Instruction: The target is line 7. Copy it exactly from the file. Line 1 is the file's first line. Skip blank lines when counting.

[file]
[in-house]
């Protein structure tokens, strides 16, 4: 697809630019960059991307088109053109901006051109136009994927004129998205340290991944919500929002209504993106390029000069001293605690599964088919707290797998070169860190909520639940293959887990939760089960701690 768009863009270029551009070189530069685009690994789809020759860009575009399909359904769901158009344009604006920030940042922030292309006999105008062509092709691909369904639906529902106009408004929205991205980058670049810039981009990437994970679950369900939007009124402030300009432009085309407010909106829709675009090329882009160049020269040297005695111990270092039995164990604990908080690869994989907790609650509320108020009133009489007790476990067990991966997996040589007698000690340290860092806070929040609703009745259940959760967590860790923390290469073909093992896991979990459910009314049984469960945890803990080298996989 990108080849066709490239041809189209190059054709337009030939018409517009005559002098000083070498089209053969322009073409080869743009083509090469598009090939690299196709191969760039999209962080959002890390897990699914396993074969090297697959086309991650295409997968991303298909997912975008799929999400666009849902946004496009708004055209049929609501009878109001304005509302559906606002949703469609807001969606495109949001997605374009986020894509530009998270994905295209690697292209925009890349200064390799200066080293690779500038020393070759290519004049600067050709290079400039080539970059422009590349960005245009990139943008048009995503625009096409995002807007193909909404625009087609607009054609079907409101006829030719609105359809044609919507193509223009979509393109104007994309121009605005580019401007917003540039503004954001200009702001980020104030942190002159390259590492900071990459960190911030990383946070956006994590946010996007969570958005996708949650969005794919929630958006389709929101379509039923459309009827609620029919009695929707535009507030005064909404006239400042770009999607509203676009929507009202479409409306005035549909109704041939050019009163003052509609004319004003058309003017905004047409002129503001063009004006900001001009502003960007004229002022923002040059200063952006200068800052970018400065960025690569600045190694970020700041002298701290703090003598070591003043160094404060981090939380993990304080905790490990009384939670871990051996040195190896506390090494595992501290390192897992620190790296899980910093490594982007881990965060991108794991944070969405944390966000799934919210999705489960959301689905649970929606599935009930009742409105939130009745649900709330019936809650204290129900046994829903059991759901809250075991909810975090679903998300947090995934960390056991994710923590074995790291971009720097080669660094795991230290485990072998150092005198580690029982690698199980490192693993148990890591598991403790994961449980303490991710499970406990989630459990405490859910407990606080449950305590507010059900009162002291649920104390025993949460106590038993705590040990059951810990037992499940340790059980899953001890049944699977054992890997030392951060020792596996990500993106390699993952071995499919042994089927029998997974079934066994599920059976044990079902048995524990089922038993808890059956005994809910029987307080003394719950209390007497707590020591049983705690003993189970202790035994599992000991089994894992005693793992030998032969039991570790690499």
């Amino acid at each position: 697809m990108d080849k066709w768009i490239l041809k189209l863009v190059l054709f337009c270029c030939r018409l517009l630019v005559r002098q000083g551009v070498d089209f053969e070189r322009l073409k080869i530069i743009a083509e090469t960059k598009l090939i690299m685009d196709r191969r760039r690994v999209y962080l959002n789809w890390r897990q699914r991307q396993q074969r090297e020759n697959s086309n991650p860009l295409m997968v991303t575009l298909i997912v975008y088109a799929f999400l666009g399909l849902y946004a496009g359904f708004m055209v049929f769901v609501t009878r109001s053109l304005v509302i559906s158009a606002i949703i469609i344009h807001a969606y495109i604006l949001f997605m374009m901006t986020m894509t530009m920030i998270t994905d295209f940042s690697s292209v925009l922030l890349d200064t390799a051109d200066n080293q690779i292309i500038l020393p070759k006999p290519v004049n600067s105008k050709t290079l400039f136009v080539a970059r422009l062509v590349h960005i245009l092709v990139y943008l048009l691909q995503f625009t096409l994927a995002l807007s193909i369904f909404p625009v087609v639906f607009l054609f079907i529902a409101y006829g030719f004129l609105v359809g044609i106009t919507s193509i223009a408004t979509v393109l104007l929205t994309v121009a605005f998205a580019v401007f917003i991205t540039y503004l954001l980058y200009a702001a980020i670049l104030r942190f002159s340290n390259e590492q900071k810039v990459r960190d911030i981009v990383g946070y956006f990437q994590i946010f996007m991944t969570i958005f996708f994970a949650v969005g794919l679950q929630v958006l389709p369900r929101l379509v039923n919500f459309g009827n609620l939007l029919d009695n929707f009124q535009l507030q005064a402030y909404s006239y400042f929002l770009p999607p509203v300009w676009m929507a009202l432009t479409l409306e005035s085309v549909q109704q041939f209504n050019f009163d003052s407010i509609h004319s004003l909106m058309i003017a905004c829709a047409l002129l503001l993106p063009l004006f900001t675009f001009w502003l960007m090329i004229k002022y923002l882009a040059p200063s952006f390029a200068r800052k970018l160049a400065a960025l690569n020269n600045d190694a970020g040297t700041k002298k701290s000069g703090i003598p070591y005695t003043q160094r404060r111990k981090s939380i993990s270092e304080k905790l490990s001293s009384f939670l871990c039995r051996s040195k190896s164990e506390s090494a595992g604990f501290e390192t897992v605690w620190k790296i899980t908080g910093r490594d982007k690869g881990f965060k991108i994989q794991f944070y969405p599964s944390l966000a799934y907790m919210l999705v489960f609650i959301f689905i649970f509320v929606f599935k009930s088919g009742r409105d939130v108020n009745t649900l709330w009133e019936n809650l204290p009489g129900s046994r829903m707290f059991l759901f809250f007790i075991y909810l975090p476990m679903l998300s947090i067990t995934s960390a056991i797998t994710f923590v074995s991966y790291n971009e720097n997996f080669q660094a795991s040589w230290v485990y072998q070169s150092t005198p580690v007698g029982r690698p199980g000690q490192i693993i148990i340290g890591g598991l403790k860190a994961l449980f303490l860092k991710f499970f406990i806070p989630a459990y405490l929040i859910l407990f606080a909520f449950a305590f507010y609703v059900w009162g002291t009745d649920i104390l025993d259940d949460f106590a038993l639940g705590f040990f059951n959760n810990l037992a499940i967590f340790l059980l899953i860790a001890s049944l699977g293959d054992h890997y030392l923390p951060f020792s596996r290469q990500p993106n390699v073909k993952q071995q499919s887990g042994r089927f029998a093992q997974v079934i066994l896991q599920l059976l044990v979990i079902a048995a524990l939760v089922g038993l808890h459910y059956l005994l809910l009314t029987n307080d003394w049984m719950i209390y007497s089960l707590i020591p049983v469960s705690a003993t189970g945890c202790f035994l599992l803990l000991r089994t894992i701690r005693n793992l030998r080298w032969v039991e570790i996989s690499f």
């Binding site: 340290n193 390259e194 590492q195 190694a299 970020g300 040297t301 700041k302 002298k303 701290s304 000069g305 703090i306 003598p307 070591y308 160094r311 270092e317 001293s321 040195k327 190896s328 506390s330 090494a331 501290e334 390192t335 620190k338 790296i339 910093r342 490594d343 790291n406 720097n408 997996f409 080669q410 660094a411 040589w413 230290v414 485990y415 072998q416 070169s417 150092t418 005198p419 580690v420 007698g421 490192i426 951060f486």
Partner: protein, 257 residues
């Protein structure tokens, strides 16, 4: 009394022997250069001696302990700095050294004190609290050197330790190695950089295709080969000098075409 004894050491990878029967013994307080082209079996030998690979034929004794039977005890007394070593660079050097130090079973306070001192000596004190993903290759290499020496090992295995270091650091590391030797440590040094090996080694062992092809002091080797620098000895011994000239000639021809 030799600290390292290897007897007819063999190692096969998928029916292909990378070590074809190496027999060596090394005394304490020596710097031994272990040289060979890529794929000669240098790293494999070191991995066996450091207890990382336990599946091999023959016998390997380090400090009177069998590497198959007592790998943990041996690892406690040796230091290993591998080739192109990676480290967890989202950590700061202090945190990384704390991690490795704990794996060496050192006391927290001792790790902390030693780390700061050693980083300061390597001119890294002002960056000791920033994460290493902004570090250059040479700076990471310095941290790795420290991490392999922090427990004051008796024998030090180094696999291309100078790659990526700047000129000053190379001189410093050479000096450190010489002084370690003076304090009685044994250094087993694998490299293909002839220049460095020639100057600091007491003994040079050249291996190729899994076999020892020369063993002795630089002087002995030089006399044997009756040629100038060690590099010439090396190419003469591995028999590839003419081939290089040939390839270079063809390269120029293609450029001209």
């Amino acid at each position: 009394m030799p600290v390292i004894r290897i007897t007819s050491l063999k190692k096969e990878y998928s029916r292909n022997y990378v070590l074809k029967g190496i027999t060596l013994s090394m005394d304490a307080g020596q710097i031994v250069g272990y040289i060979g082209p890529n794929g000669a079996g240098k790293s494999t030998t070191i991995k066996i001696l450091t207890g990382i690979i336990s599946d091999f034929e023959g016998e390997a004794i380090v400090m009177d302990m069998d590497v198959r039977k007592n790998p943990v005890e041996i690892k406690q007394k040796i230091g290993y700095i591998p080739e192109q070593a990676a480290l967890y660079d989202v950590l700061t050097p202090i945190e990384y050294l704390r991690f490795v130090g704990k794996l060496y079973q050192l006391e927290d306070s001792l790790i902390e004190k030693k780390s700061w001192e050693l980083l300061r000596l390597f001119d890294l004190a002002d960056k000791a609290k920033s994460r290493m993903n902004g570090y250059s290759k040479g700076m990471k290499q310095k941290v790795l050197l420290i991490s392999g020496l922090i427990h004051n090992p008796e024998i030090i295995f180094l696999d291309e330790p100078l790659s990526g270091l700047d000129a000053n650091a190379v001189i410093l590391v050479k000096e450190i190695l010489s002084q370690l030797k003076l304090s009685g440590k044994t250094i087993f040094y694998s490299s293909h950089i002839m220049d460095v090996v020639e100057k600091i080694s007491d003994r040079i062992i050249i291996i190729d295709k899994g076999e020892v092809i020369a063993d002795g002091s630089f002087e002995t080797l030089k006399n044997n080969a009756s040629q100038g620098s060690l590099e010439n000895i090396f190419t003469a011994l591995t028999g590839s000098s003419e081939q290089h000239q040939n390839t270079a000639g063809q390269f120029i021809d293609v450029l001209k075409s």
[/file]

């Amino acid at each position: 009394m030799p600290v390292i004894r290897i007897t007819s050491l063999k190692k096969e990878y998928s029916r292909n022997y990378v070590l074809k029967g190496i027999t060596l013994s090394m005394d304490a307080g020596q710097i031994v250069g272990y040289i060979g082209p890529n794929g000669a079996g240098k790293s494999t030998t070191i991995k066996i001696l450091t207890g990382i690979i336990s599946d091999f034929e023959g016998e390997a004794i380090v400090m009177d302990m069998d590497v198959r039977k007592n790998p943990v005890e041996i690892k406690q007394k040796i230091g290993y700095i591998p080739e192109q070593a990676a480290l967890y660079d989202v950590l700061t050097p202090i945190e990384y050294l704390r991690f490795v130090g704990k794996l060496y079973q050192l006391e927290d306070s001792l790790i902390e004190k030693k780390s700061w001192e050693l980083l300061r000596l390597f001119d890294l004190a002002d960056k000791a609290k920033s994460r290493m993903n902004g570090y250059s290759k040479g700076m990471k290499q310095k941290v790795l050197l420290i991490s392999g020496l922090i427990h004051n090992p008796e024998i030090i295995f180094l696999d291309e330790p100078l790659s990526g270091l700047d000129a000053n650091a190379v001189i410093l590391v050479k000096e450190i190695l010489s002084q370690l030797k003076l304090s009685g440590k044994t250094i087993f040094y694998s490299s293909h950089i002839m220049d460095v090996v020639e100057k600091i080694s007491d003994r040079i062992i050249i291996i190729d295709k899994g076999e020892v092809i020369a063993d002795g002091s630089f002087e002995t080797l030089k006399n044997n080969a009756s040629q100038g620098s060690l590099e010439n000895i090396f190419t003469a011994l591995t028999g590839s000098s003419e081939q290089h000239q040939n390839t270079a000639g063809q390269f120029i021809d293609v450029l001209k075409s």